environment

NZ’s dairy industry passes ‘peak cow’

Jacinda Ardern called climate change her generation’s nuclear-free moment but it's one that’s been put off till 2025. Dileepa Fonseka explains.

An agreement on a path forward for tackling agricultural emissions confirms cows are as sacred to New Zealand’s politicians as they’ve ever been.

At an announcement at Parliament on Thursday morning, Prime Minister Jacinda Ardern trumpeted the importance of consensus between government and the agricultural industry to avoid the spectre of tractor-led protests that tanked previous attempts at regulating agricultural emissions.

Agriculture is the country’s biggest emitter of greenhouse gases and 11 primary sector organisations, including the Federation of Māori authorities, have signed up to a measure that will price the sector’s emissions at the farm gate by 2025.

“New Zealand cannot wait until 2025 for the agriculture sector to contribute to efforts to reduce emissions”. 

If it doesn’t, agriculture will be automatically rolled into the Emissions Trading Scheme. 

The measure was consistent with one part of the findings of the Interim Climate Change committee report published last year. 

It said a specific emissions levy/rebate for farms would be the best way to lower emissions, but estimated it would take until 2025 to develop one. 

But the committee also noted: “New Zealand cannot wait until 2025 for the agriculture sector to contribute to efforts to reduce emissions”. 

It recommended processors of agricultural products be brought into the Emissions Trading Scheme in the interim; a back-down on this part of it is what has likely caused Greenpeace to label the government “sellouts”.

Greenpeace campaigner Gen Toop said rapidly reducing emissions in New Zealand could only be achieved with “far fewer cows and a swift transition away from intensive livestock into more plant-based regenerative farming".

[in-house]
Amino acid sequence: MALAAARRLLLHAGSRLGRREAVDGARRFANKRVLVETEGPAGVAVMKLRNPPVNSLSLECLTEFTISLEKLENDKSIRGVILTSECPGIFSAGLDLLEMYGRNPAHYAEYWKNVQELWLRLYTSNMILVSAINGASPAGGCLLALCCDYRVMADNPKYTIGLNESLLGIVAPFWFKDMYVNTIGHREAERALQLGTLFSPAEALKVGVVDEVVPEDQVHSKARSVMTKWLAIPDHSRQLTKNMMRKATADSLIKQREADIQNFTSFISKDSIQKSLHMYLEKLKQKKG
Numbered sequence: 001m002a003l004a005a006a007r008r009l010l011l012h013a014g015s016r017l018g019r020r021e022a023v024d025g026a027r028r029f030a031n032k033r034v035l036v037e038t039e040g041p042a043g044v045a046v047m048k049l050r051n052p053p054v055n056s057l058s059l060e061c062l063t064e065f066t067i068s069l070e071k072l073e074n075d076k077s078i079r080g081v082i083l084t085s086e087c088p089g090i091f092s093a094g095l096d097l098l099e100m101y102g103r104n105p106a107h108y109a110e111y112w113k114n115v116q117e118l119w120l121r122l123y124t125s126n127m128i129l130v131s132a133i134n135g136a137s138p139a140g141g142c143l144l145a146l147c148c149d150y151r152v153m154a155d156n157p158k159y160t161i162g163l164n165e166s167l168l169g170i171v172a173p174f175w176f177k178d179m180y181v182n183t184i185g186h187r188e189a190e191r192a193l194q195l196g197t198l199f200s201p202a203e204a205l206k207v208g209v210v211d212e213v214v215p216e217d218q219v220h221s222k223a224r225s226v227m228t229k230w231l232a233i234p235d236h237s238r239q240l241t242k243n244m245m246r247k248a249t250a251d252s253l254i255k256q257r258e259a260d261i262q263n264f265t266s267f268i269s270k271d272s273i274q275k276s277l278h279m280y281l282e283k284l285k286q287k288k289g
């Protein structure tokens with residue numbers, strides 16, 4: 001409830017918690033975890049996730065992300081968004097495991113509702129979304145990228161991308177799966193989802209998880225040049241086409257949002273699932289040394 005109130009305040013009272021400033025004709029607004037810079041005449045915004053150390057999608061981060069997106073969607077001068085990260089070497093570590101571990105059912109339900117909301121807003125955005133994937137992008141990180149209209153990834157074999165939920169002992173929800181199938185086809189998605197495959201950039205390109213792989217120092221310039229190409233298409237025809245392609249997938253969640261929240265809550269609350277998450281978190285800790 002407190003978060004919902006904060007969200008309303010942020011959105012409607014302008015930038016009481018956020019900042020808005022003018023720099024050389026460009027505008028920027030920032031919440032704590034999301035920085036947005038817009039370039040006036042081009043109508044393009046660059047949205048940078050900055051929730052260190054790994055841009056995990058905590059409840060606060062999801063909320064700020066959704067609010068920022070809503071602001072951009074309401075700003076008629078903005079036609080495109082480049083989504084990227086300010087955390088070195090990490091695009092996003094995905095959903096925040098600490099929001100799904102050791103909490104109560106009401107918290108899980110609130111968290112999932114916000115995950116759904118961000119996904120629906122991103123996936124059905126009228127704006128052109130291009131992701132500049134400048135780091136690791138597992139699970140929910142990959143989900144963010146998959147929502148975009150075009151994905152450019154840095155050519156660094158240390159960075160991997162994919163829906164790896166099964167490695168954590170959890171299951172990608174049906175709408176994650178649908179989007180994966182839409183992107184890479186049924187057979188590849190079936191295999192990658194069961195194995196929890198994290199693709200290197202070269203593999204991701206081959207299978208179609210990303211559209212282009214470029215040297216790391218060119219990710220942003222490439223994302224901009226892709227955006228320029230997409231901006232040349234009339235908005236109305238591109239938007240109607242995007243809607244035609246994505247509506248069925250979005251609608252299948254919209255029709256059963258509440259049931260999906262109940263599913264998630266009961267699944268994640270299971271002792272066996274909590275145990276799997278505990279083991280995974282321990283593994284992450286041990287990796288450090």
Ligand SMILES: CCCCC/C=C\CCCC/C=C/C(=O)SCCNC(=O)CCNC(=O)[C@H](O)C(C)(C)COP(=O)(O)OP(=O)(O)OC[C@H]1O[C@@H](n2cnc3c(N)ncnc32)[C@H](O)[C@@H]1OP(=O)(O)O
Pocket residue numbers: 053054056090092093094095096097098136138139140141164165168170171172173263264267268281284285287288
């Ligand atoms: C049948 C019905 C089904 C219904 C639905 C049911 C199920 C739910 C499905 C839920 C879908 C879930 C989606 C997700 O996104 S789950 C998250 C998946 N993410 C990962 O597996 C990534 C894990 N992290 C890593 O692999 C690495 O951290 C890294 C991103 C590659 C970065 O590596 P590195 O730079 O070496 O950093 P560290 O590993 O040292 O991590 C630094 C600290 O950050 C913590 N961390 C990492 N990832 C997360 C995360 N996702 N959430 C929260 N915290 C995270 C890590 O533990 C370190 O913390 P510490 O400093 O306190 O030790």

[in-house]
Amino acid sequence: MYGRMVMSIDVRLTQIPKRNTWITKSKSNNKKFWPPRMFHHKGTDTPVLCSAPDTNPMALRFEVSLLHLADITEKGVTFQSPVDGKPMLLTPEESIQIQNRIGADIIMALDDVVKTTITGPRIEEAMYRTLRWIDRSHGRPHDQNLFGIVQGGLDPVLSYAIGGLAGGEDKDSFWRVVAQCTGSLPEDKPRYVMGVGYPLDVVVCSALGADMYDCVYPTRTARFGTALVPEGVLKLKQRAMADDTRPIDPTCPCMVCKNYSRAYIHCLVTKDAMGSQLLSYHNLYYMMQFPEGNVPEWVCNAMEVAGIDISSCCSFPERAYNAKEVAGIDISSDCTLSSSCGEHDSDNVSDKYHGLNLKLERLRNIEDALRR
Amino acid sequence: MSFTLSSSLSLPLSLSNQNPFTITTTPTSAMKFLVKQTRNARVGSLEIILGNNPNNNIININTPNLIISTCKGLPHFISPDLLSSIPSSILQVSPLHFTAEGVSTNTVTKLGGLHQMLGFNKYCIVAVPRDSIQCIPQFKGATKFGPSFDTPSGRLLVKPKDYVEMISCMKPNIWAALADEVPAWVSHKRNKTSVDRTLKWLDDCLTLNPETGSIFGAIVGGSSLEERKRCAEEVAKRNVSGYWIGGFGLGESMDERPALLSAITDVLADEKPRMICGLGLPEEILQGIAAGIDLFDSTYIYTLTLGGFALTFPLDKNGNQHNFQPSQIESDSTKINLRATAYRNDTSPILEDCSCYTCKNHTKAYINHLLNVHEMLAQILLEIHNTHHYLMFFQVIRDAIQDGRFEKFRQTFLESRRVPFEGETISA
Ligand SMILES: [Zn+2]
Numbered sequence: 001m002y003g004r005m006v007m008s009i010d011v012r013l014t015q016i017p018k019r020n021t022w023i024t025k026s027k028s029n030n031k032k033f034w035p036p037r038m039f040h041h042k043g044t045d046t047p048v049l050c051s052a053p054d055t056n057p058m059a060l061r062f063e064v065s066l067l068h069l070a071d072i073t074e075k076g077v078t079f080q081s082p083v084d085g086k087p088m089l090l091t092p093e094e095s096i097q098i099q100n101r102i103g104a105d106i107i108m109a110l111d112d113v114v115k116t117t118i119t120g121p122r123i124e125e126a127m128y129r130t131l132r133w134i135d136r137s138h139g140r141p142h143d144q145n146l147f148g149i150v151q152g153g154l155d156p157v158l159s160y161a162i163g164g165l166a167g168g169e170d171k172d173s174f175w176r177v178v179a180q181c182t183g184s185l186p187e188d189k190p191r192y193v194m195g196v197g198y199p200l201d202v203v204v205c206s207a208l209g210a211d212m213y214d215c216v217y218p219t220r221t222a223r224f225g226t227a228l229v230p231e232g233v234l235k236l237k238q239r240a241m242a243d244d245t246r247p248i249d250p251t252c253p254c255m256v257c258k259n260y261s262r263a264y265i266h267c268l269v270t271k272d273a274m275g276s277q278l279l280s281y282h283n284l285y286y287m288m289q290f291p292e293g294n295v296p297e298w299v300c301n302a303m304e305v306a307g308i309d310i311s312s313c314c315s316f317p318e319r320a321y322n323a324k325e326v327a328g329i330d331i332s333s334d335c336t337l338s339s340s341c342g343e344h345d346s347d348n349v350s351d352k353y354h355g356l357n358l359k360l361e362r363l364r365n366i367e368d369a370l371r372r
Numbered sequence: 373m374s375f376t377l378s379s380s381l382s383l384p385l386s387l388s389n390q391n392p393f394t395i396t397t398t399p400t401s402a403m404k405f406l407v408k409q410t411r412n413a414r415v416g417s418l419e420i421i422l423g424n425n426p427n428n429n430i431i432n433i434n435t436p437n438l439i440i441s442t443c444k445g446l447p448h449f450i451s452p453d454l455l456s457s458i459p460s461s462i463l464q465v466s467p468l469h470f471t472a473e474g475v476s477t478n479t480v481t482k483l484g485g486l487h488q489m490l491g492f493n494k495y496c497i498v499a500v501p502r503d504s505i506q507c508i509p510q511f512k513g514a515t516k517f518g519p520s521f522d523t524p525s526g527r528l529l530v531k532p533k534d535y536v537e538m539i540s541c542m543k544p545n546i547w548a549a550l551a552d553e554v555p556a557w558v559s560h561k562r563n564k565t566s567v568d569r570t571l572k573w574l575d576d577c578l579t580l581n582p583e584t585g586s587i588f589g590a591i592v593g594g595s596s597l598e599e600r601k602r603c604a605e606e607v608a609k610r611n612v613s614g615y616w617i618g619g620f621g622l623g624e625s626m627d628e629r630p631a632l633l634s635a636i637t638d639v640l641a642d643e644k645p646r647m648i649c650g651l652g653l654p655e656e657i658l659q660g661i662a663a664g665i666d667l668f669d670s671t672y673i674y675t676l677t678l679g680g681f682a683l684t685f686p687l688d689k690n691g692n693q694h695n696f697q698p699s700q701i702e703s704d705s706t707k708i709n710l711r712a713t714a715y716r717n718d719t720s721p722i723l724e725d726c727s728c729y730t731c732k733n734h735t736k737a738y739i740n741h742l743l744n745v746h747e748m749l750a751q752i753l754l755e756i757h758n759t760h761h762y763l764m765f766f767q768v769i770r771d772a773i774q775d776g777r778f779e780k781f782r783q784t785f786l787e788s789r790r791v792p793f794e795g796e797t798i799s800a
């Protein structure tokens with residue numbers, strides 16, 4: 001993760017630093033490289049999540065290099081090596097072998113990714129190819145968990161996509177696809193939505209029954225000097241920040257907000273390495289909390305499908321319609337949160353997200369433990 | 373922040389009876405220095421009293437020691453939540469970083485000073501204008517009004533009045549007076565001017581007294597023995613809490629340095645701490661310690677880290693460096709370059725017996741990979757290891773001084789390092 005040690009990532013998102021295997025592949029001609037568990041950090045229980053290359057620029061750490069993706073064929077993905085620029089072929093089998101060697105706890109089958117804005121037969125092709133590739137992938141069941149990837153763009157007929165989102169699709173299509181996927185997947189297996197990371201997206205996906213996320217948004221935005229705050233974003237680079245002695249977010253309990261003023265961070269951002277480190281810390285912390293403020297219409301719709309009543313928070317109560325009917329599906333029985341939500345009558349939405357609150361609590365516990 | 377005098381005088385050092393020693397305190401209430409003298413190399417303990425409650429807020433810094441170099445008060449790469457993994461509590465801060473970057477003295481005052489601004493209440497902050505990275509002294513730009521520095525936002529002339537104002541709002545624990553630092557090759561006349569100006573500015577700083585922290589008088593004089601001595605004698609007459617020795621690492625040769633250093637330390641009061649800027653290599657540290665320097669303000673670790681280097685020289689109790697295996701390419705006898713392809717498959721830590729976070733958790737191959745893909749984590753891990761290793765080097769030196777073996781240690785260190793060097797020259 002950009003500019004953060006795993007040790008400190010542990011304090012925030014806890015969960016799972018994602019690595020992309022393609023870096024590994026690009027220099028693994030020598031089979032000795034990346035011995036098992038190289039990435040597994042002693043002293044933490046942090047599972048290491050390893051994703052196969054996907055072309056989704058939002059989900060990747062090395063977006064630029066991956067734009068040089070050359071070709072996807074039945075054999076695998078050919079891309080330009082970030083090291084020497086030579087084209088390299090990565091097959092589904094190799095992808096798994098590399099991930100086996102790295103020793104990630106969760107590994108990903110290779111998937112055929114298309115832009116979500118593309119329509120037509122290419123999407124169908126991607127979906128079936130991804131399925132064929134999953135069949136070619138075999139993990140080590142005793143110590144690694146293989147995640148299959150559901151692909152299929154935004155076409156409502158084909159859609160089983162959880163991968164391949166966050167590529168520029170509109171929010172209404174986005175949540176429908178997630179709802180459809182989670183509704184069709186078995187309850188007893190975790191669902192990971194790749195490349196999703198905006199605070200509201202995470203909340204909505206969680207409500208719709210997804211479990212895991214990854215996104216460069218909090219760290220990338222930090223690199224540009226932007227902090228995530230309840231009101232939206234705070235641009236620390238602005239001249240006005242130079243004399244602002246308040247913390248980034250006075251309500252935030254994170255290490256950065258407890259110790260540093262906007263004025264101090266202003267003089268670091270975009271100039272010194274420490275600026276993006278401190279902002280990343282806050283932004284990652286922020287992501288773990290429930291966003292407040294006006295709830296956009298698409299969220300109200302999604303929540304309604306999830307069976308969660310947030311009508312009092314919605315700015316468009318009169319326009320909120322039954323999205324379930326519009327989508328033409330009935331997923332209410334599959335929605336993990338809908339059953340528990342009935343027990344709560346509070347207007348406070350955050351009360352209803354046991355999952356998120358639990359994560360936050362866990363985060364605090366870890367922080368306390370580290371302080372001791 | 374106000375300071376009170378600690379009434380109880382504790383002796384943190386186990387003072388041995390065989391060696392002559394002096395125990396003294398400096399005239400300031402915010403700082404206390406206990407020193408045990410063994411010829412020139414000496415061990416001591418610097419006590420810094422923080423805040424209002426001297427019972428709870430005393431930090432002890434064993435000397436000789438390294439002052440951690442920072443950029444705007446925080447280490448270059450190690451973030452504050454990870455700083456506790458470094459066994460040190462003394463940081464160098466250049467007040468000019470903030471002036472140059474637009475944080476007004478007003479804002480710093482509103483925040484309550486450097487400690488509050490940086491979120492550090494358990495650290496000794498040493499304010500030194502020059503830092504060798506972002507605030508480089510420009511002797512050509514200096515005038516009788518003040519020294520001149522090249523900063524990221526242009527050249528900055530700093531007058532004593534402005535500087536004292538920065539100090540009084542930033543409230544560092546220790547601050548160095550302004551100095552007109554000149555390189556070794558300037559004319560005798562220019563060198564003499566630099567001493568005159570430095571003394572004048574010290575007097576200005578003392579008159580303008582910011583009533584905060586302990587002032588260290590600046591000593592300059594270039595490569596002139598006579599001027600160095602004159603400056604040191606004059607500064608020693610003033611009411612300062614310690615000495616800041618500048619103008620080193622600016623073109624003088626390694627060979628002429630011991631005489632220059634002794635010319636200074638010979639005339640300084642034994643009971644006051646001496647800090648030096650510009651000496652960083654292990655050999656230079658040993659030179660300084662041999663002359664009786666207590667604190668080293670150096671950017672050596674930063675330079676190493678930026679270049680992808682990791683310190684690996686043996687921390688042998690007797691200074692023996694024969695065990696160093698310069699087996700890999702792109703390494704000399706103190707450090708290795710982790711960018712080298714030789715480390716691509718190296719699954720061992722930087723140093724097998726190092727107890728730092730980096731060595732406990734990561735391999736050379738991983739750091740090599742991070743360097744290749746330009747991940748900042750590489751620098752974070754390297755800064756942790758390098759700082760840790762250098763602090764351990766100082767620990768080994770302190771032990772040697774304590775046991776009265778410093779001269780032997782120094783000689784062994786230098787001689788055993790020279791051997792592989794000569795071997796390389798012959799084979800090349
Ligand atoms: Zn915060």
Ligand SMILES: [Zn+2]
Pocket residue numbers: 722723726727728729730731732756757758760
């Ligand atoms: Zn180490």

Largely unspoken during the announcement was a line of research running through the committee’s findings that a rise in cow numbers was the primary driver behind the growth in New Zealand’s agricultural emissions over the past 25 years.

It's the cows

New Zealand’s agricultural industry has made great strides in reducing the amount of greenhouse gas emissions its animals give off, but the growth in its livestock numbers have largely negated these gains.

The dairy industry’s “emissions intensity” - emissions per kilogram of milk produced - has declined by 20 percent since 1990, but agricultural emissions as a whole grew by 13.5 percent during that time anyway.

Agriculture will be automatically rolled into the Emissions trading scheme by 2025 if the sector doesn't find an alternative. Photo: Lynn Grieveson

Rapid growth in the number of cows in New Zealand was largely responsible for that. Sheep numbers halved since 1990 and beef cattle numbers shrank by a quarter during that same time period, causing a decline in the emissions from the lamb and beef sector.

“The milk growth that we saw in the last 15-20 years has curtailed in the last few years and that’s for a bunch of reasons.”

But while sheep and beef cattle numbers were diving, the number of cows in New Zealand was rocketing upwards, causing emissions from the dairy sector to double.

If New Zealand’s dairy industry hadn’t taken steps to improve its emissions intensity while stock numbers grew, the sector’s emissions would have been 40 percent higher, according to the commission’s findings.

Averting the culling of cows is a fate the National Party’s spokesman for climate change Scott Simpson wants to avoid. 

He alleges - in the absence of technological advances - “herd culling” is what would have to happen if the sector were instantly moved into the Emissions Trading Scheme. 

“Right at this minute that’s really the only option.”

That there was tremendous growth in the dairy sector over that time is not disputed by DairyNZ Chief Executive Tim Mackle, but he believes it’s a thing of the past.

“The milk growth that we saw in the last 15-20 years has curtailed in the last few years and that’s for a bunch of reasons.”

Mackle said dairy farming had hit its limits in areas like the Waikato and parts of Southland, an assessment echoed by Simpson.

“Cow numbers have actually been dropping for the last couple of years we probably reached ‘peak cow’ a couple of years ago to be honest,” Simpson said. 

The focus is now on increasing efficiencies, allowing for the same or greater level of production with lower numbers of livestock, a fate achieved in the beef sector in the period after the 1990s when production rose by 46 percent despite a drop in beef cattle numbers. 

In giving the sector more time, Ardern and her Government have made a judgment call, not just that better technology will reduce the emissions of the agricultural industry relatively painlessly, but that New Zealand’s dairy industry has now shuffled past ‘peak cow’ and is unlikely to return.

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